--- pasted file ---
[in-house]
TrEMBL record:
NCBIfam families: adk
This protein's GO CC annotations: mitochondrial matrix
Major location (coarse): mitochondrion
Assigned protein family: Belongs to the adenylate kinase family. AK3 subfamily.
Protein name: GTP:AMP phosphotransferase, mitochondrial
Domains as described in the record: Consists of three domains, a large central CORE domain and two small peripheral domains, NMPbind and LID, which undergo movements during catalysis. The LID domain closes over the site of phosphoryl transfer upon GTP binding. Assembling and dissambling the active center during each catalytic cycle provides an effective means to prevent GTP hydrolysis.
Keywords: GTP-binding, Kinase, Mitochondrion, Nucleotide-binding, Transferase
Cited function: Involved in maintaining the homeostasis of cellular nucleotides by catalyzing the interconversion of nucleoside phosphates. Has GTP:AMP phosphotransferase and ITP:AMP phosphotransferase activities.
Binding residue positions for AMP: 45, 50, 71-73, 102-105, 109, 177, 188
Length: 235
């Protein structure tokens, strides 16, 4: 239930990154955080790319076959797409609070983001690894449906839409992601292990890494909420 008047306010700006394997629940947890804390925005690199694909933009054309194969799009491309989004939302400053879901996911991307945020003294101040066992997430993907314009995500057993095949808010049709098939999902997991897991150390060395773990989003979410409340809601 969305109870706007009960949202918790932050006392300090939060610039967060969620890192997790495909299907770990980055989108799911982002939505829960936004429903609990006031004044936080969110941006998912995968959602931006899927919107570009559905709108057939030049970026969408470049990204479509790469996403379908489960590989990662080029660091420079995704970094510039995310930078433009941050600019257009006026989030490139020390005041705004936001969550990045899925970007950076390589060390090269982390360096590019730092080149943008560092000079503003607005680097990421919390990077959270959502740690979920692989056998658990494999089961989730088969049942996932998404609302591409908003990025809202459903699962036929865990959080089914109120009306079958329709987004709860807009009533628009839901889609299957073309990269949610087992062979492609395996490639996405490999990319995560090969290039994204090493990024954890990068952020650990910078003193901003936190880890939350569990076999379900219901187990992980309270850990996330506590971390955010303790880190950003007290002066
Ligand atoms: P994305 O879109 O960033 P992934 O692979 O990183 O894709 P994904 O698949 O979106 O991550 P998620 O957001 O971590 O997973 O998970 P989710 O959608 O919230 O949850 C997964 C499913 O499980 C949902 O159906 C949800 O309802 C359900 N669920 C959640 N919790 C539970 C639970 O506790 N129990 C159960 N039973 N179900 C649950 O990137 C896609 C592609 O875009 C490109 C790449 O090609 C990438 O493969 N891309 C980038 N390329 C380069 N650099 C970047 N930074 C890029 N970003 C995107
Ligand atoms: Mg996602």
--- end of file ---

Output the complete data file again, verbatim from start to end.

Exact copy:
[in-house]
TrEMBL record:
NCBIfam families: adk
This protein's GO CC annotations: mitochondrial matrix
Major location (coarse): mitochondrion
Assigned protein family: Belongs to the adenylate kinase family. AK3 subfamily.
Protein name: GTP:AMP phosphotransferase, mitochondrial
Domains as described in the record: Consists of three domains, a large central CORE domain and two small peripheral domains, NMPbind and LID, which undergo movements during catalysis. The LID domain closes over the site of phosphoryl transfer upon GTP binding. Assembling and dissambling the active center during each catalytic cycle provides an effective means to prevent GTP hydrolysis.
Keywords: GTP-binding, Kinase, Mitochondrion, Nucleotide-binding, Transferase
Cited function: Involved in maintaining the homeostasis of cellular nucleotides by catalyzing the interconversion of nucleoside phosphates. Has GTP:AMP phosphotransferase and ITP:AMP phosphotransferase activities.
Binding residue positions for AMP: 45, 50, 71-73, 102-105, 109, 177, 188
Length: 235
């Protein structure tokens, strides 16, 4: 239930990154955080790319076959797409609070983001690894449906839409992601292990890494909420 008047306010700006394997629940947890804390925005690199694909933009054309194969799009491309989004939302400053879901996911991307945020003294101040066992997430993907314009995500057993095949808010049709098939999902997991897991150390060395773990989003979410409340809601 969305109870706007009960949202918790932050006392300090939060610039967060969620890192997790495909299907770990980055989108799911982002939505829960936004429903609990006031004044936080969110941006998912995968959602931006899927919107570009559905709108057939030049970026969408470049990204479509790469996403379908489960590989990662080029660091420079995704970094510039995310930078433009941050600019257009006026989030490139020390005041705004936001969550990045899925970007950076390589060390090269982390360096590019730092080149943008560092000079503003607005680097990421919390990077959270959502740690979920692989056998658990494999089961989730088969049942996932998404609302591409908003990025809202459903699962036929865990959080089914109120009306079958329709987004709860807009009533628009839901889609299957073309990269949610087992062979492609395996490639996405490999990319995560090969290039994204090493990024954890990068952020650990910078003193901003936190880890939350569990076999379900219901187990992980309270850990996330506590971390955010303790880190950003007290002066
Ligand atoms: P994305 O879109 O960033 P992934 O692979 O990183 O894709 P994904 O698949 O979106 O991550 P998620 O957001 O971590 O997973 O998970 P989710 O959608 O919230 O949850 C997964 C499913 O499980 C949902 O159906 C949800 O309802 C359900 N669920 C959640 N919790 C539970 C639970 O506790 N129990 C159960 N039973 N179900 C649950 O990137 C896609 C592609 O875009 C490109 C790449 O090609 C990438 O493969 N891309 C980038 N390329 C380069 N650099 C970047 N930074 C890029 N970003 C995107
Ligand atoms: Mg996602």